Norway. Helgeland Kraft AS
|Date of agreement:||15 May 2023|
|Customer:||Helgeland Kraft AS|
|Amount in NOK:||NOK 146 million|
|Amount in EUR:||EUR 12.5 million|
|NACE sector / loan type:||Production and distribution of electricity|
This loan contributes to climate change mitigation: 100%
The loan has been provided for co-financing a NOK 293 million investment programme for the Grytåga hydropower plant (NOK 173 million) in Vefsn Municipality, Nordland, and the electric vehicle charging infrastructure LAD OPP (NOK 120 million) across Northern Norway.
Grytåga’s capacity will rise from 48 MW to 62 MW, opening for increased power generation during high-demand periods. The upgrades include a new transformer, turbine, generator, and tunnel surface refurbishment.
The LAD OPP charging station rollout involves 116 points across Northern Norway, of which a third are already installed with an effect between 22-180 kW.
Both projects support Norway’s climate target of reducing CO2e emissions by 55% compared to 1990 levels by 2030.
Helgeland Kraft AS is based in Helgeland, Northern Norway, and its core businesses are the production of hydropower, distribution, and electricity sales.
In 2016, NIB signed another 15-year loan with Helgeland Kraft for the construction of six hydropower plants.
Fulfilment of NIB's mandate
The Grytåga hydropower plant upgrade will increase installed capacity from 48 MW to 62 MW and turbine capacity from 30 m3/s to 40 m3/s. This increase will shorten production time from 5,000 to 3,900 hours with a maintained annual output of 250 GWh. The upgrade will boost the peak period production, supporting the balance of fluctuating wind power output.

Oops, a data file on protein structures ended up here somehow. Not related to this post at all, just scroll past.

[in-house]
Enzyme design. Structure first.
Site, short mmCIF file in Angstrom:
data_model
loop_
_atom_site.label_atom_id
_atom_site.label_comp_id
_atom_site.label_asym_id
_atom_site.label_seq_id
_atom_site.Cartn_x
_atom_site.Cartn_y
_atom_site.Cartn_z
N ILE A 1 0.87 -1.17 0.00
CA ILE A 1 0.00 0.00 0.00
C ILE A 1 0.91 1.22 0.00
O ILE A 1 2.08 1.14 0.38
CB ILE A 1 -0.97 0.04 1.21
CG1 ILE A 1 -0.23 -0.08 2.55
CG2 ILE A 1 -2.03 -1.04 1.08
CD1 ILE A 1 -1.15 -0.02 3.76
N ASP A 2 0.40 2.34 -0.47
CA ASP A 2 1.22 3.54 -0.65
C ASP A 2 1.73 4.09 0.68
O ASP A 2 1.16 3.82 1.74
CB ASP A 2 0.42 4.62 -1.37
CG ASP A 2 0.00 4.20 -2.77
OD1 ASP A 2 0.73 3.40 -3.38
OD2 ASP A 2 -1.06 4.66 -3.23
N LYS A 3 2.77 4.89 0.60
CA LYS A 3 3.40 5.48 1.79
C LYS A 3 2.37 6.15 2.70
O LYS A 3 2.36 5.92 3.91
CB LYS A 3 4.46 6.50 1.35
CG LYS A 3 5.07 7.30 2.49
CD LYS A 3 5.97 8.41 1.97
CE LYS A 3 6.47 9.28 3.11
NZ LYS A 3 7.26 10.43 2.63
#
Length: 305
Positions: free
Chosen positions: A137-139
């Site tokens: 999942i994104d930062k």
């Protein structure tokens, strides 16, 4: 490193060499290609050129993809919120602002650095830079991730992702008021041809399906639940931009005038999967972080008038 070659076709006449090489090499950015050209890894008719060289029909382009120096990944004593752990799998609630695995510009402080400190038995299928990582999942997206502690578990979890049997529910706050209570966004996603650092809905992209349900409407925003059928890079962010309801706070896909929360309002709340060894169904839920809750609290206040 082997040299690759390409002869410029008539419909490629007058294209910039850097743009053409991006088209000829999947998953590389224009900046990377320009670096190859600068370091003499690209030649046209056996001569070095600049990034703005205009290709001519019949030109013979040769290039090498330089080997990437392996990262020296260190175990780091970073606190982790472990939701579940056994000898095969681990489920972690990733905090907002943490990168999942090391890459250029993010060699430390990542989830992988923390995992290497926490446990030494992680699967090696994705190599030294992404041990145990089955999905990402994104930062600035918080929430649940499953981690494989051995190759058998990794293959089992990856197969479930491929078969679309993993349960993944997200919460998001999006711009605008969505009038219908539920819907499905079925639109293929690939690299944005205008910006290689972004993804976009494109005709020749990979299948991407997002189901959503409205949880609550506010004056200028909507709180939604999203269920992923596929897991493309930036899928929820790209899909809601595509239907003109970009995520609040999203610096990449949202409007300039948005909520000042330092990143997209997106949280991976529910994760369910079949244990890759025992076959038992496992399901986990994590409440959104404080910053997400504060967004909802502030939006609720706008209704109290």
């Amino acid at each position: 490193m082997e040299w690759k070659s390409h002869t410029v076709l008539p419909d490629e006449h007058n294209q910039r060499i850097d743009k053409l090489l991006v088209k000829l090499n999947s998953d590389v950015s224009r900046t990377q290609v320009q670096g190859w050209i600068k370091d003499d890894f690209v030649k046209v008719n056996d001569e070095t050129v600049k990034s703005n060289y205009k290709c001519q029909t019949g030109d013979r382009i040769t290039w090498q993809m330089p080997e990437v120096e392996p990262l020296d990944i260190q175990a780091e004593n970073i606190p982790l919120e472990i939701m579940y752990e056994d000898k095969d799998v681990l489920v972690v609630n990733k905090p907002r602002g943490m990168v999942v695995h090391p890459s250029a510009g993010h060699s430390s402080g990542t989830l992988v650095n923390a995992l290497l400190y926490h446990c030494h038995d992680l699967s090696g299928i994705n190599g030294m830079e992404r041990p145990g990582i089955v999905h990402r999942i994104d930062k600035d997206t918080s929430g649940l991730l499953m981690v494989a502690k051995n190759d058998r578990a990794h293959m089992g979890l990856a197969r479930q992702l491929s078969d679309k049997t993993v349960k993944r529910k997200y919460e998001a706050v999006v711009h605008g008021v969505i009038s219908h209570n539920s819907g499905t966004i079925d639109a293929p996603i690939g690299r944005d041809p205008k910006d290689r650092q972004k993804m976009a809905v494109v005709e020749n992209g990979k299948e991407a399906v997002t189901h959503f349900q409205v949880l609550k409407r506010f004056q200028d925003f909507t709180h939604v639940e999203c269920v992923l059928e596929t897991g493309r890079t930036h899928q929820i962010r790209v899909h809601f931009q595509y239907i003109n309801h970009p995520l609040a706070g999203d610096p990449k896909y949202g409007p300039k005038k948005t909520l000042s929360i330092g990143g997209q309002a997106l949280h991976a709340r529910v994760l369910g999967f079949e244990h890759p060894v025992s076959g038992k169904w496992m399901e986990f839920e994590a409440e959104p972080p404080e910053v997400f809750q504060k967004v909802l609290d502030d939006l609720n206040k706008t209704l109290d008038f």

Using water from four regulated lakes, the Grytåga plant, operational since 1963, is not expected to cause significant environmental impacts from its implementation. Meeting the EU taxonomy’s technical screening criteria for hydropower and likely fulfilling the do no significant harm criteria, the project is considered aligned.
EV charging infrastructure:
The expansion aligns with Norway’s national strategy to increase charging infrastructure and reduce greenhouse gas emissions. Electrification is essential for a low-emission society by 2050, and convenient charging access encourages more to start using EVs.
The development of charging systems is crucial for transitioning to cleaner, energy-efficient transport. The project aligns with the Taxonomy’s Technical Screening Criteria by promoting low-carbon transport and encouraging the shift from fossil fuel vehicles to EVs.
The project supports the transition to low carbon road transport and is not expected to bring any significant negative environmental impact.